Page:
Christmas Traditions – by Sylvia Collins

I was 34 years old. A single mother of two children ages 6 and 7.  I had been working four part-time jobs in order to make ends meet. With that many part-time jobs and two small children I found child-care a real challenge. I had a much younger friend (20) who was out of work and needed a place to live. We worked out a deal that gave her a place to live, gave me a live-in helper, and provided the security that my kids needed. 

During this time I was diagnosed with breast cancer. Because of the responsibility of my kids, and because I had to keep working I opted for the least invasive option. I would have surgery to remove what they could get, then I would go for check-ups every three months. If there were any changes in my condition, then I would need to have treatment. The surgery had been in February, and this was December. It had been not quite one year, and there seemed to be no reason for alarm. 

I had eventually been able to get a full-time job and make better money. At my full-time job I was working shift work and still needed help with childcare, so my friend continued to live with us. At the end of October that year I got laid off. 

I had used up all of my resources by the end of November and I had not been able to get a full-time job. I had not been called back to my other job. I had been able to find part-time work, but the income from that was not enough to provide what we needed. It was becoming clear to me Christmas was going to be tough.

At this point I made a decision that my kids would have a Christmas, but it would be about making traditions, being together, and above all else an attitude of gratitude. 

There was no tree, and I had ten dollars. We made getting the tree an adventure. We got out our wagon and hiked over to the tree place. I had explained that we needed to find a tree that would fit in the wagon because that was the only way to get the tree to our house. When we got to the tree place they were more than $10.00. We picked a tree anyway, and the man said that because the tree was so small we could have it for ten dollars! How did he know? There… we had a tree. We got it set up and ready to decorate the next night. With Christmas music, hot chocolate, fresh baked cookies and decorations covering the living room floor we had started a new tradition.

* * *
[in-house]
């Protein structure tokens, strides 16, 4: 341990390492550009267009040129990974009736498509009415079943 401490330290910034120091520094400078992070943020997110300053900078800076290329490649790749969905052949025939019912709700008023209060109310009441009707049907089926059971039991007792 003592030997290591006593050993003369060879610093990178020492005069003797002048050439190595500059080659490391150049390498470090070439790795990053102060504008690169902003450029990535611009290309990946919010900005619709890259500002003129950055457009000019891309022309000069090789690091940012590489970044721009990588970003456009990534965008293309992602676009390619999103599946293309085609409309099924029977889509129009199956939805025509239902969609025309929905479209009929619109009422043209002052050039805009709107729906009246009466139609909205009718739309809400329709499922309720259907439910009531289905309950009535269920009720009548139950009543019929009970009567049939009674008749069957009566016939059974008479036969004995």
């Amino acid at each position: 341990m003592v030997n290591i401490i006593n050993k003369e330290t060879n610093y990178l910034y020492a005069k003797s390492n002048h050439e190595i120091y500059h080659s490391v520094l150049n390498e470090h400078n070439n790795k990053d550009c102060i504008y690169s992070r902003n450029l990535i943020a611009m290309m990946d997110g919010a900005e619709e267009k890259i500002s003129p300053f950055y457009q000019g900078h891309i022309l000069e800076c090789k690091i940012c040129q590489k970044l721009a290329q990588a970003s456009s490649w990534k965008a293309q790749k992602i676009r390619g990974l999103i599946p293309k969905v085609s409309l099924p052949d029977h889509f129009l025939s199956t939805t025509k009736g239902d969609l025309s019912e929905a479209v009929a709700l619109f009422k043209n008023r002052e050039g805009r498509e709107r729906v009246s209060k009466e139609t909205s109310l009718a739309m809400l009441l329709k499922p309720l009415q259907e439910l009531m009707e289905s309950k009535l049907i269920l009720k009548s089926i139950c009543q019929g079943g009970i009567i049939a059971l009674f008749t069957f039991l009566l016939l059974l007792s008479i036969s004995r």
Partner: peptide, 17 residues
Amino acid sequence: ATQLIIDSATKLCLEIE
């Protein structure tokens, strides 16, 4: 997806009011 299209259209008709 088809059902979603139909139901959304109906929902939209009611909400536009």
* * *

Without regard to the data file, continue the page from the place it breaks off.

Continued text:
A friend of mine was running the Christmas baskets program that year. He had encouraged me to apply for one myself. I explained that in comparison we had so much more than others. We had a place to live, we were able to stay together, we were all healthy, and I had a very supportive family. So, instead of receiving a Christmas basket we volunteered to help pack them. It allowed my kids the opportunity to appreciate how lucky we were. It allowed them to see that your experience in life is largely based on attitude. Our assignment was to count packets of powdered coffee whitener into baggies and pack the baggies into the boxes. The first day we made a game of it and imagined that the box in the middle of our group was a campfire, so we sat around our “campfire” counting packets into baggies, singing Christmas Carols. We had such a good time that the next day when we were going the kids wanted to take their friends with them. Their friends came with us and we repeated the “campfire” of the previous day. The kids still remember that adventure. At the time they had no idea what they were doing. They had no idea that we were making new traditions. The Christmas traditions that were developing as my young children and I tried to survive the hub-bub of the season were not based on electronic gadgets, expensive adventures or lavish gifts. They were based on personal commitment, investments of time, and giving what we could each personally manage. Because of these priorities we have been able to maintain our traditions despite circumstances.